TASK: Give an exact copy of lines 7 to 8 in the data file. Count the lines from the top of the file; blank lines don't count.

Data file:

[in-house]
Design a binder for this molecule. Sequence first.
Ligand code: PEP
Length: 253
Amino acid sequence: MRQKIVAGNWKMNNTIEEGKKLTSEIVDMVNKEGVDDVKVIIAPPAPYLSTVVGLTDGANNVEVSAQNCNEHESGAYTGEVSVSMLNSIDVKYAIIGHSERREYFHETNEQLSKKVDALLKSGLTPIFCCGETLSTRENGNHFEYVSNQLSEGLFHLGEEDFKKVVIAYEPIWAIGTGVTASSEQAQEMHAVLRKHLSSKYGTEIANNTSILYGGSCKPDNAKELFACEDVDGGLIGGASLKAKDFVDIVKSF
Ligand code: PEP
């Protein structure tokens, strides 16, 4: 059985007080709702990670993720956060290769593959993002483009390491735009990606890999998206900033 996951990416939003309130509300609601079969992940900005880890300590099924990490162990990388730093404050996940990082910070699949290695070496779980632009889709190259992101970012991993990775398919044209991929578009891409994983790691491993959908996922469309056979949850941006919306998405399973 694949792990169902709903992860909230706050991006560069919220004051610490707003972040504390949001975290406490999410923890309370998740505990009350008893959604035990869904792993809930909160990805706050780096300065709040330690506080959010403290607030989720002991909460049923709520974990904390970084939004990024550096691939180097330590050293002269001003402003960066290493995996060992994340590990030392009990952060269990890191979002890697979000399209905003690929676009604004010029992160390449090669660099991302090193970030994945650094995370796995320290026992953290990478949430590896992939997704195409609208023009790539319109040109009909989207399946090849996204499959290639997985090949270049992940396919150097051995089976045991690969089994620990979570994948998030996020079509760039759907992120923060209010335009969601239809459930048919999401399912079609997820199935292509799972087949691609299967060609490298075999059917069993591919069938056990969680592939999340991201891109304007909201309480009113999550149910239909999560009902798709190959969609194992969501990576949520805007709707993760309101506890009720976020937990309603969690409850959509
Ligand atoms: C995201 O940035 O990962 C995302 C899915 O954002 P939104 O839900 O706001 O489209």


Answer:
């Protein structure tokens, strides 16, 4: 059985007080709702990670993720956060290769593959993002483009390491735009990606890999998206900033 996951990416939003309130509300609601079969992940900005880890300590099924990490162990990388730093404050996940990082910070699949290695070496779980632009889709190259992101970012991993990775398919044209991929578009891409994983790691491993959908996922469309056979949850941006919306998405399973 694949792990169902709903992860909230706050991006560069919220004051610490707003972040504390949001975290406490999410923890309370998740505990009350008893959604035990869904792993809930909160990805706050780096300065709040330690506080959010403290607030989720002991909460049923709520974990904390970084939004990024550096691939180097330590050293002269001003402003960066290493995996060992994340590990030392009990952060269990890191979002890697979000399209905003690929676009604004010029992160390449090669660099991302090193970030994945650094995370796995320290026992953290990478949430590896992939997704195409609208023009790539319109040109009909989207399946090849996204499959290639997985090949270049992940396919150097051995089976045991690969089994620990979570994948998030996020079509760039759907992120923060209010335009969601239809459930048919999401399912079609997820199935292509799972087949691609299967060609490298075999059917069993591919069938056990969680592939999340991201891109304007909201309480009113999550149910239909999560009902798709190959969609194992969501990576949520805007709707993760309101506890009720976020937990309603969690409850959509
Ligand atoms: C995201 O940035 O990962 C995302 C899915 O954002 P939104 O839900 O706001 O489209």